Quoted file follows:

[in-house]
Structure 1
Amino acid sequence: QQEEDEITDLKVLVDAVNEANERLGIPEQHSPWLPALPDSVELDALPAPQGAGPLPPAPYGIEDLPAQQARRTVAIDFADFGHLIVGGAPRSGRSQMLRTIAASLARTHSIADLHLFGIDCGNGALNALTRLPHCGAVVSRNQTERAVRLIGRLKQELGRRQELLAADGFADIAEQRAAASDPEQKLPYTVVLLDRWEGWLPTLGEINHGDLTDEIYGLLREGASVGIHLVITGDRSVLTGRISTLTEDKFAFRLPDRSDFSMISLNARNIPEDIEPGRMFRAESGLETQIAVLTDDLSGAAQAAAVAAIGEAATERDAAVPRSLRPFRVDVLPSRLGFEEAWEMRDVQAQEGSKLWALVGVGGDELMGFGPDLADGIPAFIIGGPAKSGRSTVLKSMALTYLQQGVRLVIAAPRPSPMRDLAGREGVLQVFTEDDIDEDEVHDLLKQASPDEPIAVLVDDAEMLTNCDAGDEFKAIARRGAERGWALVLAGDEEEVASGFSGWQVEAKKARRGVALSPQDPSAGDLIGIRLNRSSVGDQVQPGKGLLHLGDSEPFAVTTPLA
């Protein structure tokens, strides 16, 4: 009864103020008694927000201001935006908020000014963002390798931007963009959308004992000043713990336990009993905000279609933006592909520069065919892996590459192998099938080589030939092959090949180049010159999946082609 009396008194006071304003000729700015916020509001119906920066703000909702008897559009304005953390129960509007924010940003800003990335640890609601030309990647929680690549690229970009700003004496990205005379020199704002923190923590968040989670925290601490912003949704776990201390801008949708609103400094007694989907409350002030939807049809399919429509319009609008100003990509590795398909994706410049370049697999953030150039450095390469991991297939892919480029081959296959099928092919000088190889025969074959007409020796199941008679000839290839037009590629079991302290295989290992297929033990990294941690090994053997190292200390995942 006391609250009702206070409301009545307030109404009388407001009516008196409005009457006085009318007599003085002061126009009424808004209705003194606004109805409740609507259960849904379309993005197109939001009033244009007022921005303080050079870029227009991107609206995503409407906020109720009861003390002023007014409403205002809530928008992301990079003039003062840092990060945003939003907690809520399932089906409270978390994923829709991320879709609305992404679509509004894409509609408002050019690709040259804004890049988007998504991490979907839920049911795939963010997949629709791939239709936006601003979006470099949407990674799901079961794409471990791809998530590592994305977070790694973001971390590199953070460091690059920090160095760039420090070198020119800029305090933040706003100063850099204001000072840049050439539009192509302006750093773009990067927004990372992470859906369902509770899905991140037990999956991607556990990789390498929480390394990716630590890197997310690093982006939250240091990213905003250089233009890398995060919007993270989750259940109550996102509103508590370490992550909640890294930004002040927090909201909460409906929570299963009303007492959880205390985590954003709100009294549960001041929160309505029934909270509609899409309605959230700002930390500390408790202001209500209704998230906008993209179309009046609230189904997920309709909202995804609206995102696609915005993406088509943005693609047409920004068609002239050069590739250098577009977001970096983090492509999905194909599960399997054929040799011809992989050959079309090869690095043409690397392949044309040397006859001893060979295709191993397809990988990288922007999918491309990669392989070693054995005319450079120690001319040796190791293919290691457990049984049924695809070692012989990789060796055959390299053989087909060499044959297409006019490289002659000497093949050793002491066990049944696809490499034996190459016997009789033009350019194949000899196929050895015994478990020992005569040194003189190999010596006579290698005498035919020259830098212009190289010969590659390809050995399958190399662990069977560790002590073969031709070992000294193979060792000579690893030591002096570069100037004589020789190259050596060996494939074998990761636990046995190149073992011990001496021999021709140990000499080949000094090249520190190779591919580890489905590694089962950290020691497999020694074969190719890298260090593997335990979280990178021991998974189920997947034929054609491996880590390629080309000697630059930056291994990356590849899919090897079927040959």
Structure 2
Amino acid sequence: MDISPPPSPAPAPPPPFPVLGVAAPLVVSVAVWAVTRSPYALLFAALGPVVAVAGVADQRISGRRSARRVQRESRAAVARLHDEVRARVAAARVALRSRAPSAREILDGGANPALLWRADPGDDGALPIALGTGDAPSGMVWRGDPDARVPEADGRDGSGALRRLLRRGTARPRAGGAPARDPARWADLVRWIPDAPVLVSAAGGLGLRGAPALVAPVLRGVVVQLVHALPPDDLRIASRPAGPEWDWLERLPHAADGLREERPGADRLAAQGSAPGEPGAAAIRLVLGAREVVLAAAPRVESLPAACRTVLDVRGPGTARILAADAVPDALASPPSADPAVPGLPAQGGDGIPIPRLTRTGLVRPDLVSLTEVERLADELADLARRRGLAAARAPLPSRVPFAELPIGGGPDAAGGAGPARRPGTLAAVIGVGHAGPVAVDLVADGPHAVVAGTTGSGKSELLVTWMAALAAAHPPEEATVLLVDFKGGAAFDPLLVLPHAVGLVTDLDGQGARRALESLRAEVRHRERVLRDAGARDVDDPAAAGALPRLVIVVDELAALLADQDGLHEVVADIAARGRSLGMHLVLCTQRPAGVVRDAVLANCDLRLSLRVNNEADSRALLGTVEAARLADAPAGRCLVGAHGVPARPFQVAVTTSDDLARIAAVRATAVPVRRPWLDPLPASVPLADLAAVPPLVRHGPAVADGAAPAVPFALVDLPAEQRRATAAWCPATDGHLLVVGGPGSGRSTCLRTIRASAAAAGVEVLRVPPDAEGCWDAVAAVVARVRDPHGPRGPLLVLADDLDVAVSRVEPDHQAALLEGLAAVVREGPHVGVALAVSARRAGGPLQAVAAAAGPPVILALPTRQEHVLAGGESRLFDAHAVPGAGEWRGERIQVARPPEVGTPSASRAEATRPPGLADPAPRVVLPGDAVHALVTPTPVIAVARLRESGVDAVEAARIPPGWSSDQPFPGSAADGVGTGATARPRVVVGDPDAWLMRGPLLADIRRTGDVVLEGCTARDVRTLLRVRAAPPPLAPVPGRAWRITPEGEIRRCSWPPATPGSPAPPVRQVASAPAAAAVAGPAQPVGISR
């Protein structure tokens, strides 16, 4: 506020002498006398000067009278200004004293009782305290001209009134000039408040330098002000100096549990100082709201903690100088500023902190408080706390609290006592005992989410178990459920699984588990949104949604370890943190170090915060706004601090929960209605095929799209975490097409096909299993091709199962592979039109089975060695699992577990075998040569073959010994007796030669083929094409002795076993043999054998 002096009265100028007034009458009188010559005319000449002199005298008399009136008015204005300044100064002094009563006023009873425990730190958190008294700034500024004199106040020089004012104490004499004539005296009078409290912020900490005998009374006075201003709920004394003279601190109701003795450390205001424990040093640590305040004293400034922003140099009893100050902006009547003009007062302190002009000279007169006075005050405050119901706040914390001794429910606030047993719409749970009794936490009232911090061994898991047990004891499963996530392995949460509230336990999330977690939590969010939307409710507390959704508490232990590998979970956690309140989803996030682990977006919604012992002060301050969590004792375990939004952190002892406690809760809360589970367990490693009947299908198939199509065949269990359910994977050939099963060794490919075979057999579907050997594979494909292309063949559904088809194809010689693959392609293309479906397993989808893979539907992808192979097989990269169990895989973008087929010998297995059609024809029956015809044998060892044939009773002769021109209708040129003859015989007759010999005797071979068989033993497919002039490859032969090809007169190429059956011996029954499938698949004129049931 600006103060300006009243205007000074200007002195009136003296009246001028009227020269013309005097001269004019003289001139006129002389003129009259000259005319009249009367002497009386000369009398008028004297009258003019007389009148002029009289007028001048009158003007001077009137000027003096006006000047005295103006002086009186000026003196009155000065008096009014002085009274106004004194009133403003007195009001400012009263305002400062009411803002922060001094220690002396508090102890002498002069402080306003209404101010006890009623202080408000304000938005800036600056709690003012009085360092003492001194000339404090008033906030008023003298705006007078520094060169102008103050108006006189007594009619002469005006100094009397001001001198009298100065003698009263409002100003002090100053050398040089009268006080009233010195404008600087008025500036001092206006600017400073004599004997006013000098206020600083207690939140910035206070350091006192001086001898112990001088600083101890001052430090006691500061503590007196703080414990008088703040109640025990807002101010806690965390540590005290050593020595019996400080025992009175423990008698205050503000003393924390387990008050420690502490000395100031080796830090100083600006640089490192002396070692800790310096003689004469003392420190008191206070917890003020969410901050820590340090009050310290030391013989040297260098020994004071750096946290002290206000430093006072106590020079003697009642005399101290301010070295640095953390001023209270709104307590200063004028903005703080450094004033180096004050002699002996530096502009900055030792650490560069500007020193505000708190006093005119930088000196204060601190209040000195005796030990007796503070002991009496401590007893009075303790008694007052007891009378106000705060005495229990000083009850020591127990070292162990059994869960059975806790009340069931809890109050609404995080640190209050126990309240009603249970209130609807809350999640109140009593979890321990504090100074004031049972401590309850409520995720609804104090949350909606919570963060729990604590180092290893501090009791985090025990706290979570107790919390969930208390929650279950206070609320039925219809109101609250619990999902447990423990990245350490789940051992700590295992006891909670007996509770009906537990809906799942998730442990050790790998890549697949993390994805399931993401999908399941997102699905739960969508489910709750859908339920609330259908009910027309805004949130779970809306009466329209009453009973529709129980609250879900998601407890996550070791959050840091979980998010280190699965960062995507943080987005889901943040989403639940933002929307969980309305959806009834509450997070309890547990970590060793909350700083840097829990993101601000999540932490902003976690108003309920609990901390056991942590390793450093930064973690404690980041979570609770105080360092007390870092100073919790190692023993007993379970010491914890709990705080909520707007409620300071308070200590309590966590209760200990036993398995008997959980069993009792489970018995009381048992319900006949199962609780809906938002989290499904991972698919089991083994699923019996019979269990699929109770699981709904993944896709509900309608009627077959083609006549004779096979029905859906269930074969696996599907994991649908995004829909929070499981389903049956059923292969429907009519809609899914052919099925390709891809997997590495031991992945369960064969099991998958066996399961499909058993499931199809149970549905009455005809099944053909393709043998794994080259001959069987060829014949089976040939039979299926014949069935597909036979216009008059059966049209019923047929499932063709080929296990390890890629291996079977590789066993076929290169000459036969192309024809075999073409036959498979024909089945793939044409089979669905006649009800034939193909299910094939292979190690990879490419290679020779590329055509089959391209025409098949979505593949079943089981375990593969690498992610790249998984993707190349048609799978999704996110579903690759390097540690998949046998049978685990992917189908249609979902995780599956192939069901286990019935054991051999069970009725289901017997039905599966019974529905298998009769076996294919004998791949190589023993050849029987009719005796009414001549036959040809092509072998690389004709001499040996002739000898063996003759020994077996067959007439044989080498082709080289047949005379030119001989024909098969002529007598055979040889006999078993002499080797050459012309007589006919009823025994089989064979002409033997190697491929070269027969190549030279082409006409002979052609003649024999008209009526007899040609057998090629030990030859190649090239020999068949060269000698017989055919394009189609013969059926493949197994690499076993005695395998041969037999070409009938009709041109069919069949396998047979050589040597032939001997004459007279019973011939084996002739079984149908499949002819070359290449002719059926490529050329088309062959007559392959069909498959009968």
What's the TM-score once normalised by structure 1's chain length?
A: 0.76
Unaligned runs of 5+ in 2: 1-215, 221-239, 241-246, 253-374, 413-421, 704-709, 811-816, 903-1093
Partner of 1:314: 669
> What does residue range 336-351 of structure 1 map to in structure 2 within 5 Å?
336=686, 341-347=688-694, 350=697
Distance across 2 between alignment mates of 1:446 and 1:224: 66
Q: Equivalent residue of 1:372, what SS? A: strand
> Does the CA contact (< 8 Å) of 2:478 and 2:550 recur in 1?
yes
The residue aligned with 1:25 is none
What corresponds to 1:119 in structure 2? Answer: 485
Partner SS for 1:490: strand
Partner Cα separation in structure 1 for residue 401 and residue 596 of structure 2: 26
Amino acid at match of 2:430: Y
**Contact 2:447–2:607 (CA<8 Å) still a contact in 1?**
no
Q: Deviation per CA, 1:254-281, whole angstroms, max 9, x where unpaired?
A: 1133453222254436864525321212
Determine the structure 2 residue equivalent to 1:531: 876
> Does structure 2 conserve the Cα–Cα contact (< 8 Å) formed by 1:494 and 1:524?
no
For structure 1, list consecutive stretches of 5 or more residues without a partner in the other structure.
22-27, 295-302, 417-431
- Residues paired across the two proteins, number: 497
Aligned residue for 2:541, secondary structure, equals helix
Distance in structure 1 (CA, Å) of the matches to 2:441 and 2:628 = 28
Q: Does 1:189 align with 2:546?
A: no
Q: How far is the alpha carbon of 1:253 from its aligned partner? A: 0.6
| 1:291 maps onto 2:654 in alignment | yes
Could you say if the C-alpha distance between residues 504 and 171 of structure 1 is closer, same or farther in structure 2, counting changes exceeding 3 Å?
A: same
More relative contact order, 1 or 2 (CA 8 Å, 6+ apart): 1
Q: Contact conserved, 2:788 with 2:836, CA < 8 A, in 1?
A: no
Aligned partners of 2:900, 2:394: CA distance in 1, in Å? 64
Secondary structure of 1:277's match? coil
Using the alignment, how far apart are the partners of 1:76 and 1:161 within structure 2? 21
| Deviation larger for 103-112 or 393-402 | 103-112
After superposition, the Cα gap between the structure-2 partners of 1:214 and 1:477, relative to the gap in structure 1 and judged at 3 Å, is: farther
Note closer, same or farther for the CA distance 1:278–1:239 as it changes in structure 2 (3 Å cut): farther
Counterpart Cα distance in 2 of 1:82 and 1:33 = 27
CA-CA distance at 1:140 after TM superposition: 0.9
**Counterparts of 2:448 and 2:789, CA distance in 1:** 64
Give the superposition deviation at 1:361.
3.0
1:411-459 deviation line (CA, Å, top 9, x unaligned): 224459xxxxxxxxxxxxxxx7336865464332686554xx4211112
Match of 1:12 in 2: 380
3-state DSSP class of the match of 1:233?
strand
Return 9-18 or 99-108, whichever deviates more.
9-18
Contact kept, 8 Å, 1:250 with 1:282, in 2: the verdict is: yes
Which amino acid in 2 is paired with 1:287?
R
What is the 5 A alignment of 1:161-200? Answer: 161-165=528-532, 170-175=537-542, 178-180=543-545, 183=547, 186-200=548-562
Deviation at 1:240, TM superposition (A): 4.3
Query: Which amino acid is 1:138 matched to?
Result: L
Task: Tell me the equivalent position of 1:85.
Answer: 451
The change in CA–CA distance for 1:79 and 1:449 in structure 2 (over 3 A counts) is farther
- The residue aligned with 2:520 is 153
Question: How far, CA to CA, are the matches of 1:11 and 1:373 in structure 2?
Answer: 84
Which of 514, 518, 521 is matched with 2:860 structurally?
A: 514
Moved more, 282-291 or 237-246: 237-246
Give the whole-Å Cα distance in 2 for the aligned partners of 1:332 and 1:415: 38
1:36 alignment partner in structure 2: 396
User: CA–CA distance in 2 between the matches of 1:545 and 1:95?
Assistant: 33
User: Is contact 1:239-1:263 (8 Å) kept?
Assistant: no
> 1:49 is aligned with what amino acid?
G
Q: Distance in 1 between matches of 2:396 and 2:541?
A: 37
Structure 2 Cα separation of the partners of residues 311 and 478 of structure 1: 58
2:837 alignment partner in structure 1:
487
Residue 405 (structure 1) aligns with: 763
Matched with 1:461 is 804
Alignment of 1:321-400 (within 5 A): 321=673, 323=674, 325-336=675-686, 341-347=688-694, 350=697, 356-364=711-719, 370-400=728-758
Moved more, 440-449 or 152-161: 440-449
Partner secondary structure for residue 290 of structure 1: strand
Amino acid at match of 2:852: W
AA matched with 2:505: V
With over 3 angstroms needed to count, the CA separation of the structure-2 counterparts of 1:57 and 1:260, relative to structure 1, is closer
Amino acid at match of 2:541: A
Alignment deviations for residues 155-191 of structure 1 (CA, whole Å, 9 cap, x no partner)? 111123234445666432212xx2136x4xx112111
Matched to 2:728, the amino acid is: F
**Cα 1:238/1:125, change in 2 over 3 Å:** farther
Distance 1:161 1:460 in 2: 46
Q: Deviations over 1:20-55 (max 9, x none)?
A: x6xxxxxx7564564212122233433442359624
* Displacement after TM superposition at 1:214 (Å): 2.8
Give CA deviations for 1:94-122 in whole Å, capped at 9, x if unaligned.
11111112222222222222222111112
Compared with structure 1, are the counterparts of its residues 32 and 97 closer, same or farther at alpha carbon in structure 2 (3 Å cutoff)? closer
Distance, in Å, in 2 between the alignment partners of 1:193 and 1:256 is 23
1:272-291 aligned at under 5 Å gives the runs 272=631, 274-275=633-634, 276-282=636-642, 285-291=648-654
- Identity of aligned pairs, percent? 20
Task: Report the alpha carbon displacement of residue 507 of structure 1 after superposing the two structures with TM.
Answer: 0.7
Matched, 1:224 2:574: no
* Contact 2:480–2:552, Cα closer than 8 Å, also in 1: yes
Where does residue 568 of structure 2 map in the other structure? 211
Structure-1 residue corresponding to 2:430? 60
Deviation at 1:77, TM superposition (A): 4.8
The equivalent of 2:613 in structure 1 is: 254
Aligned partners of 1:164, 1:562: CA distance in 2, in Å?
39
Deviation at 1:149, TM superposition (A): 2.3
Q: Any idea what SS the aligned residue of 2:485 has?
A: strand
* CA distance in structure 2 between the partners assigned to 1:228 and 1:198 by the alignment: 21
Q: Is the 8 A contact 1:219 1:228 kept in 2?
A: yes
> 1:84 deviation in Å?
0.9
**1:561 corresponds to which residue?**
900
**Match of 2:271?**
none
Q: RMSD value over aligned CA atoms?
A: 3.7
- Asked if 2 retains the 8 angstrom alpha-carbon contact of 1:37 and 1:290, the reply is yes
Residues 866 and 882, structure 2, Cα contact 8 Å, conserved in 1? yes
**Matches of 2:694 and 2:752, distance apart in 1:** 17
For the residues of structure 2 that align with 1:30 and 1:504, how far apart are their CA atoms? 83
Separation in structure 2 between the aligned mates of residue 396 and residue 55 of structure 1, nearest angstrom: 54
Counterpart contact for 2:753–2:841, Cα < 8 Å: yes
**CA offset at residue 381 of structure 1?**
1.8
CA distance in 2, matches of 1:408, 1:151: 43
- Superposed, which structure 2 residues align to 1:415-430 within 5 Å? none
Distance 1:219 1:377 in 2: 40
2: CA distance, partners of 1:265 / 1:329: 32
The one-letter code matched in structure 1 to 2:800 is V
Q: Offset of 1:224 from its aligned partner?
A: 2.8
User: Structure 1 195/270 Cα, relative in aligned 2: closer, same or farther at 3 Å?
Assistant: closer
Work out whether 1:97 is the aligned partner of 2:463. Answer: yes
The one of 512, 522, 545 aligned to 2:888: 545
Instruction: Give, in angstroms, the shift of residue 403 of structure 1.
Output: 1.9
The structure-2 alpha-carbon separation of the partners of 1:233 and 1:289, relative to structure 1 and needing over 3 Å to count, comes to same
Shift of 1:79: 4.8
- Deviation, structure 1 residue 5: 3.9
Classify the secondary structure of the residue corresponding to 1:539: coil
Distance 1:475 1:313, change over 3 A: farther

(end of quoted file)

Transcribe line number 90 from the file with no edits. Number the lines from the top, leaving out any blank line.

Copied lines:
Residue 405 (structure 1) aligns with: 763